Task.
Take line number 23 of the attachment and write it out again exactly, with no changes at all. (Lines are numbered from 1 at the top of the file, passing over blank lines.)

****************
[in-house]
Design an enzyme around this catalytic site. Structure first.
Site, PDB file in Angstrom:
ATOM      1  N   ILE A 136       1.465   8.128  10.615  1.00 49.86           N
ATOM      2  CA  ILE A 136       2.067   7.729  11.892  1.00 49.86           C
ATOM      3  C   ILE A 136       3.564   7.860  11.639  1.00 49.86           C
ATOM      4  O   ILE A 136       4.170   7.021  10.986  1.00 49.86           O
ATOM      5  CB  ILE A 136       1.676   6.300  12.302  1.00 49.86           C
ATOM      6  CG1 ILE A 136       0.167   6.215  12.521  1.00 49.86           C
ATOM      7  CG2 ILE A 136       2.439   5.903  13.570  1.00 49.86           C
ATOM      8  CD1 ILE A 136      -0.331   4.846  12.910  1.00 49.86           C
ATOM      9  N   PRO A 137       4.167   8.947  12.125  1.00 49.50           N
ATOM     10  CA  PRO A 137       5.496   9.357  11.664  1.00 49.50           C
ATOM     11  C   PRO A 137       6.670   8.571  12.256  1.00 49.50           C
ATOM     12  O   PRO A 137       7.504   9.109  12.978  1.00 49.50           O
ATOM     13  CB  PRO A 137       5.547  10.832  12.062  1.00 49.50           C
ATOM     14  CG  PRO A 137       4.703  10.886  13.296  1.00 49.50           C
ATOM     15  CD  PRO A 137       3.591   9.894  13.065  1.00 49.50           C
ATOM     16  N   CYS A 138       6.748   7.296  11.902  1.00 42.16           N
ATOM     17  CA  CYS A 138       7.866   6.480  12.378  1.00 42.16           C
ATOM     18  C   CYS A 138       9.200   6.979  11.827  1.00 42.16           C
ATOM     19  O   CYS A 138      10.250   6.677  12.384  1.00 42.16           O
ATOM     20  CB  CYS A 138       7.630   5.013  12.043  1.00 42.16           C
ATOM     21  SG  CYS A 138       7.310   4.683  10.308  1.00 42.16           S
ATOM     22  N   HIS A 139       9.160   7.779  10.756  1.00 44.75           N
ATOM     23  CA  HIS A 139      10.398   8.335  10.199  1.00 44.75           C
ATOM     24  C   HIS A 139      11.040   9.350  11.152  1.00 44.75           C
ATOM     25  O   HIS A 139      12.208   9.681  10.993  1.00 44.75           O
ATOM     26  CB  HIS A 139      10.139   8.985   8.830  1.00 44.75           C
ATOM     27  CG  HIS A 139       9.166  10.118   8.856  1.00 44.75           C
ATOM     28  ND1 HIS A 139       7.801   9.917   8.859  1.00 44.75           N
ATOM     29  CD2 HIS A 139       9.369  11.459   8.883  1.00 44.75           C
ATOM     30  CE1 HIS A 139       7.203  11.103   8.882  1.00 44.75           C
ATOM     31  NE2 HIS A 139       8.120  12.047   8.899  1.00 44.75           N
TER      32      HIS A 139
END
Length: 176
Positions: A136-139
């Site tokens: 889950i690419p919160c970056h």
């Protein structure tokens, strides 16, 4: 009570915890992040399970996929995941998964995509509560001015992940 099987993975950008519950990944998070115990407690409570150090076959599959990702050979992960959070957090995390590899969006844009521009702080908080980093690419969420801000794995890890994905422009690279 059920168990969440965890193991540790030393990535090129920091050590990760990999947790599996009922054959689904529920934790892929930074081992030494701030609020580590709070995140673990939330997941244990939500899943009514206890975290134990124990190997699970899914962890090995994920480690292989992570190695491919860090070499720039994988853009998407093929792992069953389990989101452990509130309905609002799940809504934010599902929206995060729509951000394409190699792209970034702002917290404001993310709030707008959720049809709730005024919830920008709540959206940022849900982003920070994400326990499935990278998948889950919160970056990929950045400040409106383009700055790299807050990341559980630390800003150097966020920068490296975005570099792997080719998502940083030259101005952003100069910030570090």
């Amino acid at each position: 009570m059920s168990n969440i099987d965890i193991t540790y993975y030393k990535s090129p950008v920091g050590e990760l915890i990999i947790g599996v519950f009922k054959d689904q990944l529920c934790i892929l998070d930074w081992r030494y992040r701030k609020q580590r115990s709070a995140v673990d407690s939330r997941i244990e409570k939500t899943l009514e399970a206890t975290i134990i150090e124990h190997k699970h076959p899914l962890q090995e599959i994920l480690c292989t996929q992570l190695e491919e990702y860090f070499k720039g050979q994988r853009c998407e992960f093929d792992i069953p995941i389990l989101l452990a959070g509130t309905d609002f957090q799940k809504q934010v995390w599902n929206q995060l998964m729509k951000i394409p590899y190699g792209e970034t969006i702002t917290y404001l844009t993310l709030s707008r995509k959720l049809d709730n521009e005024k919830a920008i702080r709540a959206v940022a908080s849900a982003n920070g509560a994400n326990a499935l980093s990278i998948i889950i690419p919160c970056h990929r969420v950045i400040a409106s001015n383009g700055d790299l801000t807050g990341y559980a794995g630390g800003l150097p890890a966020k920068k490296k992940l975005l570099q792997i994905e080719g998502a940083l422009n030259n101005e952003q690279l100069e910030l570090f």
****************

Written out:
ATOM     20  CB  CYS A 138       7.630   5.013  12.043  1.00 42.16           C